|Publication number||US4466862 A|
|Application number||US 06/467,333|
|Publication date||Aug 21, 1984|
|Filing date||Feb 17, 1983|
|Priority date||Mar 23, 1981|
|Publication number||06467333, 467333, US 4466862 A, US 4466862A, US-A-4466862, US4466862 A, US4466862A|
|Inventors||Michael Ring, Peter Angelini|
|Original Assignee||International Paper Company|
|Export Citation||BiBTeX, EndNote, RefMan|
|Patent Citations (19), Referenced by (6), Classifications (8), Legal Events (2)|
|External Links: USPTO, USPTO Assignment, Espacenet|
This is a continuation of application Ser. No. 246,707, filed Mar. 23, 1981, now abandoned.
This invention relates generally to the making of non-woven fabrics by the process of wet-laying an aqueous fiber dispersion and more particularly to apparatus and method for screening, separating and removing fiber defects which occur in the form of lumps, bundles and knots and foreign matter, which are above a prescribed size from other dispersion fibers.
In recent years paper and paper product manufacturers have recognized that variants of technology commonly used in paper production can be adapted for making fabrics of inexpensive and durable form. Manufacturers recognize that acceptable substitutes for fabrics made by weaving continuous fiber filaments in the conventional manner can be found in non-woven fabrics produced by processes such as wet-laying synthetic fiber filaments with paper-making equipment.
In the wet-laying process, an aqueous dispersion containing synthetic fiber filaments of predetermined diameter, length and rigidity is distributed over a moving wire or web. The fiber filaments accumulate on the advancing web as the dispersion liquid drains away. The result is a layer of fabric composed of intertwined fibers. To enhance fabric strength, manufacturer may add binding agents to the formed sheet to improve fiber cohesion. Description of typical wet-laying processes using paper-making equipment can be found in U.S. Pat. No. 3,808,095, and U.S. Pat. No. 3,839,142.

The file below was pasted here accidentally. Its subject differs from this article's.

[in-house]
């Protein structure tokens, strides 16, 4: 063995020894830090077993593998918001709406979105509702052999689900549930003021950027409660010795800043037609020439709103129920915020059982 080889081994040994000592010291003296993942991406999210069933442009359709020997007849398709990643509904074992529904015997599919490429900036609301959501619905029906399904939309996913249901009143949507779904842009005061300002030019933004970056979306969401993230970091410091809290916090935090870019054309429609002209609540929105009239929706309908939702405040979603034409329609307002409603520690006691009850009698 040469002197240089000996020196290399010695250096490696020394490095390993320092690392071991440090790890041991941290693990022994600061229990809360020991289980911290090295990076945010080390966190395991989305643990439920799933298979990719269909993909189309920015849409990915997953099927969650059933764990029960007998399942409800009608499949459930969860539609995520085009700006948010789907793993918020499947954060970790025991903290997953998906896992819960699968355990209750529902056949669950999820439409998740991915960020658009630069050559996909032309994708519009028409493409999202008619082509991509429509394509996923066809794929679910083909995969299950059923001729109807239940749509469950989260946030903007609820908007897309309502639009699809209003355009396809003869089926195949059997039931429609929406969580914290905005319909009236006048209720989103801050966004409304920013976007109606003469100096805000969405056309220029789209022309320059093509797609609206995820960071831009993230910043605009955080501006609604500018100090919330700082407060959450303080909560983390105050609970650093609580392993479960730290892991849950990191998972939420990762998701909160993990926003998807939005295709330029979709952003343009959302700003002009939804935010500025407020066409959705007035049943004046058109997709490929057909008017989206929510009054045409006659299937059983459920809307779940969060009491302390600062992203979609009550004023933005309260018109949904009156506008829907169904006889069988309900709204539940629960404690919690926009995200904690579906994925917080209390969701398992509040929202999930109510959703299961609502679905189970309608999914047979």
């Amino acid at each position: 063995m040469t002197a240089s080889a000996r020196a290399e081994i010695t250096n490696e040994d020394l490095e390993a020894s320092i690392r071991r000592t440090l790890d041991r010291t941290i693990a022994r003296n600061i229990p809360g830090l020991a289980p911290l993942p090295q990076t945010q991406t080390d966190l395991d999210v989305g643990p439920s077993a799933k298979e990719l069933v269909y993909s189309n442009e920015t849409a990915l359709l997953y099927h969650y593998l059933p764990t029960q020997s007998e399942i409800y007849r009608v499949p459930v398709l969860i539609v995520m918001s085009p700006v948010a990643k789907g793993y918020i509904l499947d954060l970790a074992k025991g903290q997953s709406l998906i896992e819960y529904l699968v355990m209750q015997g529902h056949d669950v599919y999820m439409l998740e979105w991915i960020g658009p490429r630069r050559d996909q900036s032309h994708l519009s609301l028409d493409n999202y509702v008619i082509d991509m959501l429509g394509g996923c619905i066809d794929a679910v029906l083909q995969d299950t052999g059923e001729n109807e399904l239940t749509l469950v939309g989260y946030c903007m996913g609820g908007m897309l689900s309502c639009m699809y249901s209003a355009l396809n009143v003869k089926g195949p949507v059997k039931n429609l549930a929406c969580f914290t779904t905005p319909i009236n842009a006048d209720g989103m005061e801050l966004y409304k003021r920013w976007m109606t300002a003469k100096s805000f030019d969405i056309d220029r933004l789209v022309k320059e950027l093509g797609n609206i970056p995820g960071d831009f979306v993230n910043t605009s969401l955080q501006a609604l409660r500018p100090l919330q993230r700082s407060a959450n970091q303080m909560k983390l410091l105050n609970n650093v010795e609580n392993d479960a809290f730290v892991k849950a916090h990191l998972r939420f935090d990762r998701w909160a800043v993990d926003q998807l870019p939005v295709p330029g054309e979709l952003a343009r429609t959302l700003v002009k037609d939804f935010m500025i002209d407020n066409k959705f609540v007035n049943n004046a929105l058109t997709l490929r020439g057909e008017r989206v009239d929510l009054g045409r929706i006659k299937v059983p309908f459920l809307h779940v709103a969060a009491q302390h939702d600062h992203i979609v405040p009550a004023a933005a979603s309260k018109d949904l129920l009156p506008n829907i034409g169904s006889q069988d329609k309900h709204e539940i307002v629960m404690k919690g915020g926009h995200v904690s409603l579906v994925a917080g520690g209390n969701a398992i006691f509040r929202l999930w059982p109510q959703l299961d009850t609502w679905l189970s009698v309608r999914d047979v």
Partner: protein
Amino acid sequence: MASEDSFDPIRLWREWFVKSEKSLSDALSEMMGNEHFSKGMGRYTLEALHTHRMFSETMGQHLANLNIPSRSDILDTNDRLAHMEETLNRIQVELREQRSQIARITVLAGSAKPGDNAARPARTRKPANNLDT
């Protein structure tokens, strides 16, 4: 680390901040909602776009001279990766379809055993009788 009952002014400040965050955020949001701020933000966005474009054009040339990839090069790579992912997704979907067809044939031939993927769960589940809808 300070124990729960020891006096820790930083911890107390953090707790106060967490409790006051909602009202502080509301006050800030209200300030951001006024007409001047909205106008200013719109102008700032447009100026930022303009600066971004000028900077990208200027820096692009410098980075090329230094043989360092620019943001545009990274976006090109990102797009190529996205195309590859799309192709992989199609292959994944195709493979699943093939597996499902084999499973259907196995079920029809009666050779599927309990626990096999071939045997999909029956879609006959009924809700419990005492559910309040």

Manufacturers however have encountered difficulties in making non-wovens by wet-laying synthetic fibers. For example, during processing, manufacturers have found that fibers initially introduced to establish the dispersion may fail to completely separate, or, once separated, may be caused to interact and entangle. Fibers may fail to initially disperse as a result of cohesion caused by defects in the fibers created when they are first sliced to the desired lengths. Heat generated in slicing can distort the fiber ends causing either burrs to mechanically bind the fibers or welds to physically join them. Failure of the fibers to separate results in fiber bundles within the dispersion. Further, once separated, fiber defects may act as catches to snare and entangle fibers as they come in contact. Additionally, the very turbulence initially necessary to separate the fibers can cause continued interaction between the fibers resulting in lumps much in the way hair in water interacts and entangles.
The tendency for fibers to lump and entangle in turbulence is particularly a problem where manufacturers have attempted to improve fabric characteristics such as strength, softness of hand and drape by using thin, long and flexible fibers. Particularly where long thin and flexible fibers having length to diameter ratios of 400 to 3000 and higher, as for example 1.5 denier by one inch and 3.0 denier by one and one half inches, are used to improve fabric characteristics, manufacturers have found a substantial increase in the tendency for the fibers to entangle themselves into lumps.
Fiber bundles and lumps once present in the dispersion due to failure to initially separate or to subsequent entanglement give rise to nonuniformity in the fabric sheet. As the dispersion is introduced to and the fibers laid upon the web, the bundles and lumps tend to disrupt even distribution of fiber over the web, producing regions of high and low fiber density. The result is a nonuniform and weak fabric which is commercially unacceptable.